Just before graduations held in 1917, several young men decided to end their last year early to begin training for the army. A particular group from The University of North Carolina initially travelled to Fort Oglethorpe, GA to undergo training. Fort Oglethorpe was considered a particularly exceptional training camp, where some of the most respected soldiers were trained.[9] The infantry training process was intense, but well worth it considering the infantry units received the highest priorities in several aspects of the process.[10]

Attitudes in favor of the war increased among college-aged men throughout 1917, prompting a 20 percent decline in college enrollment across the country.[11] This loss of students inevitably caused college institutions to suffer financially. Colleges and universities made many attempts to make up for the losses, including enlisting teachers in the national service, cutting the salaries of the teaching and administrative staff, and suspending certain departments.[12] When Congress lowered the draft age to 18, it provoked the Selective Service Act. This act, approved on May 18, 1917, authorized the raising and training of the Students’ Army Training Corps in educational facilities. About 500 U.S. colleges and universities were immediately transformed into government institutions, forming a foundation for selecting and training candidates for office and technical experts for service.[13] Therefore, students (18 years old and physically fit) entering American colleges in the fall of 1918 were immediately recognized as soldiers of the United States.[14]

References[edit]

  1. Catalogue of the University of North Carolina at Chapel Hill [1917-1918]. 1 Mar. 1918. catalogueofunive156univ. North Carolina Yearbooks. North Carolina Campus Publications – University of North Carolina at Chapel Hill Catalogs, University of North Carolina at Chapel Hill, Chapel Hill, NC. Library.digitalnc.org. 23 Mar. 2014.
  2. “LT. J.O. Ranson Dead In France.” The Charlotte News 22 Oct. 1918. Ranson Family Papers #5216. Southern Historical Collection, The Wilson Library, University of North Carolina at Chapel Hill. Chapel Hill, NC. 25 Feb. 2015.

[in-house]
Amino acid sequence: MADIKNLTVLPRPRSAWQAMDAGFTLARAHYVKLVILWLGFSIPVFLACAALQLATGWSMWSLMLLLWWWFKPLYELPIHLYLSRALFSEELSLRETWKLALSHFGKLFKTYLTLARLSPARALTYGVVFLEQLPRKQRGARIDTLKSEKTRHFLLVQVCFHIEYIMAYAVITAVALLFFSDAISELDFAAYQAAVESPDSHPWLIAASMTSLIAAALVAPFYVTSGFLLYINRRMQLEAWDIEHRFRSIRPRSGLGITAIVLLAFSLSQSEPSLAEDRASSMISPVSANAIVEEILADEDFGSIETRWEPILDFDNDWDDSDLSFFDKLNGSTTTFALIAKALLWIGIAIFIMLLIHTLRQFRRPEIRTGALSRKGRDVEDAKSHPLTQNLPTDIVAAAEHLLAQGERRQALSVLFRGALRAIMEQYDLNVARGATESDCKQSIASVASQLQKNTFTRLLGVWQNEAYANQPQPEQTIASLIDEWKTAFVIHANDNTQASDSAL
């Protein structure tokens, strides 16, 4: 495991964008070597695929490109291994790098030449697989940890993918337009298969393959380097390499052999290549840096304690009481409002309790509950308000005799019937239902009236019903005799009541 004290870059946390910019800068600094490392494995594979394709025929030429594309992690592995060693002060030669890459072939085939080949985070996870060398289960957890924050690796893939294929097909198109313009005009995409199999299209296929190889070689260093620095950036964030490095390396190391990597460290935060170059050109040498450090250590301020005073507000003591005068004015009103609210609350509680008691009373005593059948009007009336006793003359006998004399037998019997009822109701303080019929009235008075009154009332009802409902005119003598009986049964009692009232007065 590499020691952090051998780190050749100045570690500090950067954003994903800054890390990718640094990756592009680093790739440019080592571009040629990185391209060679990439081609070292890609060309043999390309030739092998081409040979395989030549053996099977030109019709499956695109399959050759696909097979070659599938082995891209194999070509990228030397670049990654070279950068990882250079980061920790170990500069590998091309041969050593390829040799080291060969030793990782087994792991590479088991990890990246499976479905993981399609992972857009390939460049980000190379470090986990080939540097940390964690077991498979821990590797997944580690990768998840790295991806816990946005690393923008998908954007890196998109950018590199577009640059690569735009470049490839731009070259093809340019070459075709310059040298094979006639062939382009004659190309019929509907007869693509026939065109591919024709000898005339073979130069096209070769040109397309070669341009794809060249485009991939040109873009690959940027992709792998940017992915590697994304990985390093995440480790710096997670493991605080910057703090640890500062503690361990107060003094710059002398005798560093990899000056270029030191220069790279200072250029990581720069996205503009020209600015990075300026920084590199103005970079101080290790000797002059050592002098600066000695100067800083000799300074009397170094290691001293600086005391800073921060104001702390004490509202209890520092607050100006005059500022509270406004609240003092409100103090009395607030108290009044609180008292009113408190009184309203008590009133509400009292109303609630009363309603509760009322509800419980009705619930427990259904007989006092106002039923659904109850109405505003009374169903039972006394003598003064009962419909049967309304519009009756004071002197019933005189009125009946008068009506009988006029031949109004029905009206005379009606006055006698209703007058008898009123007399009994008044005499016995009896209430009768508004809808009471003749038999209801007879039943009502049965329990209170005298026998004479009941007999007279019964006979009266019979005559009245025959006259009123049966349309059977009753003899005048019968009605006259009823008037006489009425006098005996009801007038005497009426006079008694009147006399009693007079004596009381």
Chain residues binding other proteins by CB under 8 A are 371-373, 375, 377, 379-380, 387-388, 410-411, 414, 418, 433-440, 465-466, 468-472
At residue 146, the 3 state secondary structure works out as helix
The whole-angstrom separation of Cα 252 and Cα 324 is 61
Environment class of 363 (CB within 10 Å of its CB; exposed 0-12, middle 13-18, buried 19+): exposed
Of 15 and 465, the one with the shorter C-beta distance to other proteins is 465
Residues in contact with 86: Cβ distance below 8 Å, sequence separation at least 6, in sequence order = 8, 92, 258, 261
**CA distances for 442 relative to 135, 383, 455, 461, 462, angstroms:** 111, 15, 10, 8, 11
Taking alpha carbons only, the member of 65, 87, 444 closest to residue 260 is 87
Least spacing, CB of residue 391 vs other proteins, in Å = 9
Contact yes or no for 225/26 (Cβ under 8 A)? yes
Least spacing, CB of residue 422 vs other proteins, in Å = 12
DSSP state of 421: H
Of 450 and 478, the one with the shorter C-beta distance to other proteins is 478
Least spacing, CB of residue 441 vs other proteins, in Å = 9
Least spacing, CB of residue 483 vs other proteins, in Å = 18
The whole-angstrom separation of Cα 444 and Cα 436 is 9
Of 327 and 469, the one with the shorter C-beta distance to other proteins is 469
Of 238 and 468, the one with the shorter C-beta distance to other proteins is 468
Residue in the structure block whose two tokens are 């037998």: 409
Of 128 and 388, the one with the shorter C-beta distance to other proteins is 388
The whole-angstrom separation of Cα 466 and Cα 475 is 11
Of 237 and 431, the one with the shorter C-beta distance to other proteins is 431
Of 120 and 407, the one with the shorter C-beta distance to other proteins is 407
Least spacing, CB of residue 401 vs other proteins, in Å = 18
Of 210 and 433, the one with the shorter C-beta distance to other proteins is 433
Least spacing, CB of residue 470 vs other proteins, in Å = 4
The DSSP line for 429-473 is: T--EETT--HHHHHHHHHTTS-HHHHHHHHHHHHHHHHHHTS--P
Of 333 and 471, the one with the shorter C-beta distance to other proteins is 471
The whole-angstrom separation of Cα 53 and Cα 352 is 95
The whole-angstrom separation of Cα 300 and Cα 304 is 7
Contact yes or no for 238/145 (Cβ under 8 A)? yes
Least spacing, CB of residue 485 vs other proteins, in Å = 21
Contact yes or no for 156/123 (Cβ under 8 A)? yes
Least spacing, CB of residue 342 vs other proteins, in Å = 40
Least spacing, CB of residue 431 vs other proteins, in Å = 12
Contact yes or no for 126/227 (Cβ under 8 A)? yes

3. Scott, Emmett J. Scott's Official History of the American Negro in the World War. Chicago: Homewood, 1919. Print.
  4. Scott, Emmett J. Scott's Official History of the American Negro in the World War. Chicago: Homewood, 1919. Print.
  5. Bryan, Jami. "Fighting for Respect: African-American Soldiers in WWI." Fighting for Respect: African-American Soldiers in WWI. N.p., 2003. Web. 27 Feb. 2015.
  6. Bryan, Jami. "Fighting for Respect: African-American Soldiers in WWI." Fighting for Respect: African-American Soldiers in WWI. N.p., 2003. Web. 27 Feb. 2015.
  7. Thwing, Charles Franklin. The American Colleges and Universities in the Great War, 1914-1919; A History. The Macmillan Company, 1920. Print.
  8. Kolbe, Parke Rexford. The Colleges in War Time and After: a Contemporary Account of the Effect of the War Upon Higher Education in America. D. Appleton, 1919. Print.
  9. "HAL TURNER TELLS OF HIS VISIT TO FORT OGLETHORPE." Nashville Tennessean and the Nashville American (1910-1920): 2. Jul 15 1917. ProQuest. Web. 26 Feb. 2015.
  10. Victory, James. "Soldier Making: The Forces that Shaped the Infantry Training of White Soldiers in the United States Army in World War I." Order No. 9427277 Kansas State University, 1990. Ann Arbor: ProQuest. Web. 26 Feb. 2015.
  11. Thwing, Charles Franklin. The American Colleges and Universities in the Great War, 1914-1919; A History. The Macmillan Company, 1920. Print.
  12. Thwing, Charles Franklin. The American Colleges and Universities in the Great War, 1914-1919; A History. The Macmillan Company, 1920. Print.
  13. Thwing, Charles Franklin. The American Colleges and Universities in the Great War, 1914-1919; A History. The Macmillan Company, 1920. Print.
  14. Thwing, Charles Franklin. The American Colleges and Universities in the Great War, 1914-1919; A History. The Macmillan Company, 1920. Print.